consumption. This artificial lake assiduously reflects the village of Eugui and the
Quinto Real hills, 5,900 incredible hectares
of beeches, maples, holly, boxwood, wild
boars, foxes, deer... At the beginning of
autumn, you can hear the bellowing of the
male deer.
Return to the N-135 to pass the simple
mountain pass of Erro (801 m) and
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r 4
eastern pyrenees
aRMS factoRy at oRbaizeta
You cannot often visit an example
of industrial and commercial architecture of that period and the
Factory at Orbaizeta can tell us a
lot about what life was like during
its period of activity. You can
observe the workers’ houses
around the square and part of the
arms manufacturing process: the
workshops, the deposits, the
foundry ovens.. the heart of the
Moreover, there is the canal built
to harness the power of the
Legarza river, a conduit which still
preserves its solid walls and the
remains of some surprising vaults.
From this factory there are excursions to visit the dolmens and
Roman remains of Urkulo and the
nearby mountains, Ortzanzurieta
and Mendilaz.
The Irati Forest has always been linked to the world of legends. It is
not surprising. In this beautiful spot, where the silence shares its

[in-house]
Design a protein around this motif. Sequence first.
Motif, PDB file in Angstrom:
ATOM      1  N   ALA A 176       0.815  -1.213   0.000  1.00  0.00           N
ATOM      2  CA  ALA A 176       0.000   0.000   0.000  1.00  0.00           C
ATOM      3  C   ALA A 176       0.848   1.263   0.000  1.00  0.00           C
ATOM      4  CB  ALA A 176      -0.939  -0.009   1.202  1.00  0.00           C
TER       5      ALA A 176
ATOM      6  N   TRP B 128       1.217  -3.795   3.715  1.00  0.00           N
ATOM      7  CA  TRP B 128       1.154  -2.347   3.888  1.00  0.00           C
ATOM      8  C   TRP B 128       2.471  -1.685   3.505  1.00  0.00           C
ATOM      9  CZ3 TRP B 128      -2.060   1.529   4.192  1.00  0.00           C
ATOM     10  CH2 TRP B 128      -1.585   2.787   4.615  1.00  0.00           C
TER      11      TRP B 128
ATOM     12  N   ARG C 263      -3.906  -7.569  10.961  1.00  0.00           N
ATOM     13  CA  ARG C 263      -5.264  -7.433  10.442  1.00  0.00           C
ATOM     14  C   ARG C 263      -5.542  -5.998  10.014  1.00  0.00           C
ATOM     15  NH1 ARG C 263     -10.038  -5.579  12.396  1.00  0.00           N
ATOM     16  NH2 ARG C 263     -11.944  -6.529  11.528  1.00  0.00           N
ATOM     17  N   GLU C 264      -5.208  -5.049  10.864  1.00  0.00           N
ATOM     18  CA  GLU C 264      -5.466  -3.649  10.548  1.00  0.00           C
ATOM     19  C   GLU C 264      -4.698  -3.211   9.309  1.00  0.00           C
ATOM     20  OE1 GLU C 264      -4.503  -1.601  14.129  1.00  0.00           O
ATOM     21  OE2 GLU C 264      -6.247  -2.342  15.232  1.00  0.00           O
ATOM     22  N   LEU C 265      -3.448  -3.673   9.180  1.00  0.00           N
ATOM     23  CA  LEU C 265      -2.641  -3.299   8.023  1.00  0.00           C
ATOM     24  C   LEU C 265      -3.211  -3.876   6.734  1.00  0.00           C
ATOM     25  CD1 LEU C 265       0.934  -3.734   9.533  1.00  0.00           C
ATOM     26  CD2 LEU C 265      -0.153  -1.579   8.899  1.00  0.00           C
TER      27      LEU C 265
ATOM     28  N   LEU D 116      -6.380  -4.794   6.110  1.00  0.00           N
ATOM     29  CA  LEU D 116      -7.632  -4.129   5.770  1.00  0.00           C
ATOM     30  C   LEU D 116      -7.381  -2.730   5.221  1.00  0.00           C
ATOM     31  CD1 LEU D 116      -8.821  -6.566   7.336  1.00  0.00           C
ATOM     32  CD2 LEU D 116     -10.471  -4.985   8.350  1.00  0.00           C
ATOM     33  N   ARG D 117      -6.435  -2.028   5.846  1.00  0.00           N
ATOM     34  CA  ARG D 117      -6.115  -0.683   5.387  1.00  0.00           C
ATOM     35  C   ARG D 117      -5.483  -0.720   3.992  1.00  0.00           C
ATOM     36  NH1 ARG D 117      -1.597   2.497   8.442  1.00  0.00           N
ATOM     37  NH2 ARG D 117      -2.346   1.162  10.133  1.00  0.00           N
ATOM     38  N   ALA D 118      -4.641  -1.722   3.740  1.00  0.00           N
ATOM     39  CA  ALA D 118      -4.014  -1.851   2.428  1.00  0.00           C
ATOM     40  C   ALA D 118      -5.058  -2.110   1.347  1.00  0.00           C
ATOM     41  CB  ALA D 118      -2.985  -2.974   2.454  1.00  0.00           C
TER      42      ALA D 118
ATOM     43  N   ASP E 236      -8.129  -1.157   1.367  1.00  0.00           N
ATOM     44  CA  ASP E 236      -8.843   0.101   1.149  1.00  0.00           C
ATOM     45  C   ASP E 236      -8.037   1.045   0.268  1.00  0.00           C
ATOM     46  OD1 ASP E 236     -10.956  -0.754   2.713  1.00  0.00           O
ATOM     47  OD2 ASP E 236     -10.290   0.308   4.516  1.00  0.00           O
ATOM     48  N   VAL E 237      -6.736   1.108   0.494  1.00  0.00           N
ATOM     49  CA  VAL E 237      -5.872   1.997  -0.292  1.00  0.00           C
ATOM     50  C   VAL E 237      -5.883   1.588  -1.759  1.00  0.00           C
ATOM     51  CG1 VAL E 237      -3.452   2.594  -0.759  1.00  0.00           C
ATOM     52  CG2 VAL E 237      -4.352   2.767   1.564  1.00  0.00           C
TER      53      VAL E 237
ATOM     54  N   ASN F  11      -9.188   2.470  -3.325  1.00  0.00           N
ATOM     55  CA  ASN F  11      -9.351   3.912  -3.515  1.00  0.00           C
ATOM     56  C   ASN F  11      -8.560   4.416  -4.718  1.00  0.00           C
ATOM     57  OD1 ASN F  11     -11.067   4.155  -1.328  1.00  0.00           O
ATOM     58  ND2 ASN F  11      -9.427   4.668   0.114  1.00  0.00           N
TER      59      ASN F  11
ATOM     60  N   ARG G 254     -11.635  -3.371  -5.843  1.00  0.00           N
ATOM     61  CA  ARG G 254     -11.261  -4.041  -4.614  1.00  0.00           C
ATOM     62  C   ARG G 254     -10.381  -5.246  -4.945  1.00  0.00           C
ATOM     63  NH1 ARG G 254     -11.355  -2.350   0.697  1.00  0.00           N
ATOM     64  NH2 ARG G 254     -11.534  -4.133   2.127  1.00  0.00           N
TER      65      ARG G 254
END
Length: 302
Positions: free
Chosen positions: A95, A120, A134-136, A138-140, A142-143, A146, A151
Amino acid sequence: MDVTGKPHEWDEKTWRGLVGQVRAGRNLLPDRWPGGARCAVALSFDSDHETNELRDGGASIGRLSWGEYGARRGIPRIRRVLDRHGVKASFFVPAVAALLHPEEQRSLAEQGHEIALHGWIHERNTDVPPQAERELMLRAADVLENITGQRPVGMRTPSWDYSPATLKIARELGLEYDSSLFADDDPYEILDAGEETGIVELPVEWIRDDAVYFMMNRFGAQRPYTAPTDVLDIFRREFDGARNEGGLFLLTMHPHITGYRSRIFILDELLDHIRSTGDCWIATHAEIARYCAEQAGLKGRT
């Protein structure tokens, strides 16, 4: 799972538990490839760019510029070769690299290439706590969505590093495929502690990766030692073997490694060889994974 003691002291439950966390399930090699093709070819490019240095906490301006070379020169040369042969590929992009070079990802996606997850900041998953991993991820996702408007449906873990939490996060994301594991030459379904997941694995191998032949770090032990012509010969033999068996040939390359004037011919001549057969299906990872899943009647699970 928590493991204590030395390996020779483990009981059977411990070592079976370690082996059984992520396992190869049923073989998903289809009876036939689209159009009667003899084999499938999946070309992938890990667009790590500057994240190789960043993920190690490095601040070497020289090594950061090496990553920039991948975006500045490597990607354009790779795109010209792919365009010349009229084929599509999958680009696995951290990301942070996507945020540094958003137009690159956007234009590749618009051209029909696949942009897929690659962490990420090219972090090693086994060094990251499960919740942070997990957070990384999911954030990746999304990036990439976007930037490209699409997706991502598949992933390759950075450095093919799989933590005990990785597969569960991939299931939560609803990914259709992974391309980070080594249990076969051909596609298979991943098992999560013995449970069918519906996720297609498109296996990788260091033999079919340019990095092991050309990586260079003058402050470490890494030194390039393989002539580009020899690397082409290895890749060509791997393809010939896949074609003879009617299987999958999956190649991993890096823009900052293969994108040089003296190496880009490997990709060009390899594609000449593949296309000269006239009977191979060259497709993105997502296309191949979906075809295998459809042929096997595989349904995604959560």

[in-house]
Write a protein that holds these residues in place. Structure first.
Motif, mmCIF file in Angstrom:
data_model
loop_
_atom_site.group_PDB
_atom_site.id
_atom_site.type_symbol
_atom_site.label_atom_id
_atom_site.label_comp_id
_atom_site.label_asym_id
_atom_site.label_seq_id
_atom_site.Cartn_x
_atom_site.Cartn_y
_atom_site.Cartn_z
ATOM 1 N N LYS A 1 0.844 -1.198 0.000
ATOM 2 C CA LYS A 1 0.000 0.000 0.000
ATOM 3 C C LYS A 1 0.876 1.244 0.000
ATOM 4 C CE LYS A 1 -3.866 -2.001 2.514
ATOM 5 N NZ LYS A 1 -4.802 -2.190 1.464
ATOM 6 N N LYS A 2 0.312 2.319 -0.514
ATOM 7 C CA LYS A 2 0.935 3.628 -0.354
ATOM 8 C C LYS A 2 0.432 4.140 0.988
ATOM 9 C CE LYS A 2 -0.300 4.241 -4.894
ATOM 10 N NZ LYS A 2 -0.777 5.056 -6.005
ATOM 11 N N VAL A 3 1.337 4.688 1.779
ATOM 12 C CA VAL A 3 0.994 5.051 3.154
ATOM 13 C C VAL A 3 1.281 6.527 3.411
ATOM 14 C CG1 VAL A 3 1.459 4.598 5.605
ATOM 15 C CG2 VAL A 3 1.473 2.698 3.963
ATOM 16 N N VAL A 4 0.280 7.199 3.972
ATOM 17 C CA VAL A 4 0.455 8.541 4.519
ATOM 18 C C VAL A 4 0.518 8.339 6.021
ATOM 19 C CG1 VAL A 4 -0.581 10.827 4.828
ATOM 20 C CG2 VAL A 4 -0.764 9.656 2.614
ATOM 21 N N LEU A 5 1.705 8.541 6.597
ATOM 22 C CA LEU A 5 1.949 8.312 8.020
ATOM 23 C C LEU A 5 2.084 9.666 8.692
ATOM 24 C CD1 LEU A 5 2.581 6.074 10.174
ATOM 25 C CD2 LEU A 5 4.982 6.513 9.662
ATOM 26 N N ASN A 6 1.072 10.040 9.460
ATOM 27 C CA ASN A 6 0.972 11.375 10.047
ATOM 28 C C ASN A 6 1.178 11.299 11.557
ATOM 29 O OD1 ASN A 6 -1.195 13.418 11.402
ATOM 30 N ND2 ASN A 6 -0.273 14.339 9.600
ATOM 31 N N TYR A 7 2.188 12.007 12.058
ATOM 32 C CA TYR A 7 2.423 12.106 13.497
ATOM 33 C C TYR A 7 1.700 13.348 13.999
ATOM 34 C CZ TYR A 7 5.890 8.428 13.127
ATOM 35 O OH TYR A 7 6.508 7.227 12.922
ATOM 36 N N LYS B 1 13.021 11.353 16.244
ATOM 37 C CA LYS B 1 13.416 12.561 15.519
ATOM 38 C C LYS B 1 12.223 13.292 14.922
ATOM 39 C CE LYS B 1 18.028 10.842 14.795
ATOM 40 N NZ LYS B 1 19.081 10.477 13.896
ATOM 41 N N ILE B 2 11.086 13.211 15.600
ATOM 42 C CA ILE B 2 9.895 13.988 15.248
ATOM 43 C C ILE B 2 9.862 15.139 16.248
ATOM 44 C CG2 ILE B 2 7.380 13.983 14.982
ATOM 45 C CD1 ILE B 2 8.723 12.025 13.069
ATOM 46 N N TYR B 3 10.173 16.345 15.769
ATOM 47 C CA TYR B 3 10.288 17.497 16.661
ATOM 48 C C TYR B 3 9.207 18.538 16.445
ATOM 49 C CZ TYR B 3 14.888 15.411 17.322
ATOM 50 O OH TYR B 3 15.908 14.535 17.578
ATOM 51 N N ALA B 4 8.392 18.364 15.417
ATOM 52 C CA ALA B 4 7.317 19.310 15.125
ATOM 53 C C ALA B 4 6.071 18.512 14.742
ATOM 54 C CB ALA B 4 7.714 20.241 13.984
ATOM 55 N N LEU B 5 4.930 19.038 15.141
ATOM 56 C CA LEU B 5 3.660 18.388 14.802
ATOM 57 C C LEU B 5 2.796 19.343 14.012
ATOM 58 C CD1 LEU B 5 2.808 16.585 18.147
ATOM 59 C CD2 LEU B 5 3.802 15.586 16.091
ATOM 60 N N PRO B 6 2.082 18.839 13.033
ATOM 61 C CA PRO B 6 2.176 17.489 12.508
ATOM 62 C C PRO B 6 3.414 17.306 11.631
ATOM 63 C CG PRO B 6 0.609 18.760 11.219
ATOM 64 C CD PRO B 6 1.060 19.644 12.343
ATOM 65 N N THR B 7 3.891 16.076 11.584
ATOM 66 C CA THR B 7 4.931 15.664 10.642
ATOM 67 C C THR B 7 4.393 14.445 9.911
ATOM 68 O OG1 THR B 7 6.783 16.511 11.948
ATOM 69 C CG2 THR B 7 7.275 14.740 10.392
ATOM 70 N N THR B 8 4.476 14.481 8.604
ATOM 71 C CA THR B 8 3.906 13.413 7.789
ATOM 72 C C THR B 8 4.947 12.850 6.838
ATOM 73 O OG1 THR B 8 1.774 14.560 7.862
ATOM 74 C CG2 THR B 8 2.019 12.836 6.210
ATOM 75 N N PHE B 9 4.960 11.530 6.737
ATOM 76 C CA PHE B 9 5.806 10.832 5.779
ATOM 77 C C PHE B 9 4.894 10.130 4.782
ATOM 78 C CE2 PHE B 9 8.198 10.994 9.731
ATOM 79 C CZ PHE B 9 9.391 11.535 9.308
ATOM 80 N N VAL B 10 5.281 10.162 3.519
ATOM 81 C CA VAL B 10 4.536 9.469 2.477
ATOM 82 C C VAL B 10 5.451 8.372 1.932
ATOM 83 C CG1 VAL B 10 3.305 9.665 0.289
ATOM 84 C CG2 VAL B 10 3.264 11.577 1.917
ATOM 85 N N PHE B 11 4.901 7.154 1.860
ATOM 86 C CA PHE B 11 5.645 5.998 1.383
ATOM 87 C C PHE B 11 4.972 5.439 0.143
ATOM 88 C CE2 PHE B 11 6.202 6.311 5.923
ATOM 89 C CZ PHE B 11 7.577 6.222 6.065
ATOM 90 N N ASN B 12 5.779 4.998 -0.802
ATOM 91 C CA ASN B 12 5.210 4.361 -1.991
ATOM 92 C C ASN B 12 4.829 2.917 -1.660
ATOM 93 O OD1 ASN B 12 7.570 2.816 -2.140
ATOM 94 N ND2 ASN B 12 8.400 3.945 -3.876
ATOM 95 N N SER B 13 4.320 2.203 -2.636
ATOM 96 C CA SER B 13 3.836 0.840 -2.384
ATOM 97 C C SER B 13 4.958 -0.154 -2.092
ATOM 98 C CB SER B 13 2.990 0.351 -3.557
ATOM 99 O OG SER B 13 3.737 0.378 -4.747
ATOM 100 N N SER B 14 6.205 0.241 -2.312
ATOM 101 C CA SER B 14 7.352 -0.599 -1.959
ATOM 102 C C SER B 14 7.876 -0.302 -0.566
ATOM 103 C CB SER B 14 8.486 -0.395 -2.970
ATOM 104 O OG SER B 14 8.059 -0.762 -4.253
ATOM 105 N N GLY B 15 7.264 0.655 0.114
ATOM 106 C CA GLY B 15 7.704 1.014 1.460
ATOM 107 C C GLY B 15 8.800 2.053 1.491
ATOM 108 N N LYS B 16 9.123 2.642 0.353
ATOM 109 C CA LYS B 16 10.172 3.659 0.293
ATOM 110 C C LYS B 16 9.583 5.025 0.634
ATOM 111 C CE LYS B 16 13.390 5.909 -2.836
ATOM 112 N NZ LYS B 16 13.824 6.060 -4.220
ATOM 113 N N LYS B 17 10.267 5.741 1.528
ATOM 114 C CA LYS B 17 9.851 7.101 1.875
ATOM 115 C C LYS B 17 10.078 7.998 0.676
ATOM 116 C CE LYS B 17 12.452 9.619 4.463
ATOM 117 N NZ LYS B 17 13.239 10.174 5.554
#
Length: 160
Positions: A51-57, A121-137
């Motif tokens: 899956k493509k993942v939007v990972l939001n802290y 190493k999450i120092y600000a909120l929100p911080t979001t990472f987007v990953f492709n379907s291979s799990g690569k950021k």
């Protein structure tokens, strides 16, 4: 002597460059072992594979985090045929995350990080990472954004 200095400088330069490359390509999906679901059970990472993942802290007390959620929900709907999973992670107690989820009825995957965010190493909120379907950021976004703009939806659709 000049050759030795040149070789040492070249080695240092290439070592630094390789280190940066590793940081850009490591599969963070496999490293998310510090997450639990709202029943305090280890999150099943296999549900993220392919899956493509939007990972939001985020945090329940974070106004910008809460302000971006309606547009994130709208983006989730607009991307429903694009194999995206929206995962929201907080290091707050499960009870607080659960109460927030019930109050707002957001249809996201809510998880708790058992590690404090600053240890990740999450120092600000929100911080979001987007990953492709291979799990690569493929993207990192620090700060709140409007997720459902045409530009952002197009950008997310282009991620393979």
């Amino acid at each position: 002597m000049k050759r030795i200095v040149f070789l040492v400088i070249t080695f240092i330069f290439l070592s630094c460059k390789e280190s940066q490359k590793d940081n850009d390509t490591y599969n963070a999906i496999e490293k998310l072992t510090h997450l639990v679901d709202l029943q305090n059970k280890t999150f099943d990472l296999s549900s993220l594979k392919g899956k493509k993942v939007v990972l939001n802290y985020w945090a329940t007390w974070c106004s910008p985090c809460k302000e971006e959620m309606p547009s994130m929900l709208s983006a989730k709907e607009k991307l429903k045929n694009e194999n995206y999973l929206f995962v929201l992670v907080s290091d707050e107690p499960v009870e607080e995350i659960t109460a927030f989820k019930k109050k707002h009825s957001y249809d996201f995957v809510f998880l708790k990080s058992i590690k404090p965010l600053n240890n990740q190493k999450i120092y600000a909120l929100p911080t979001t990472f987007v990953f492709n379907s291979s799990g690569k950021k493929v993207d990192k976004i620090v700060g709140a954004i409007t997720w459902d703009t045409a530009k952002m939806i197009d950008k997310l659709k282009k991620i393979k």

space with indecipherable sounds, it is easy to imagine you can see
the mythical Basajaun, a tall being with long hair, leaning on a stick. If
you should find him on your path, you should neither run away nor
anger him. If you do as he tells you, he will be your harmless guide.
The Irati Forest is the greatest forest in Navarre and has the second
largest concentration of beeches in Europe. It is located in a depression furrowed by the river Irati and its tributaries, with a wooded area
of 12,400 hectares. Of these, 6,250 are on the Irati hill and 1,800 on
the Cuestión hill. It is mainly made up of beeches and firs, autochthonous species. In autumn it is fascinating to observe the unlikely
colours created by Nature itself.
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eastern pyrenees
route 4
For a long time the Irati Forest
was not touched. However, in the
13C it was the subject of bitter
disputes between France and
Spain. The wars meant that its
wood was desired to build the
fleets of ships and its fir trees provided the best masts. In 1856, the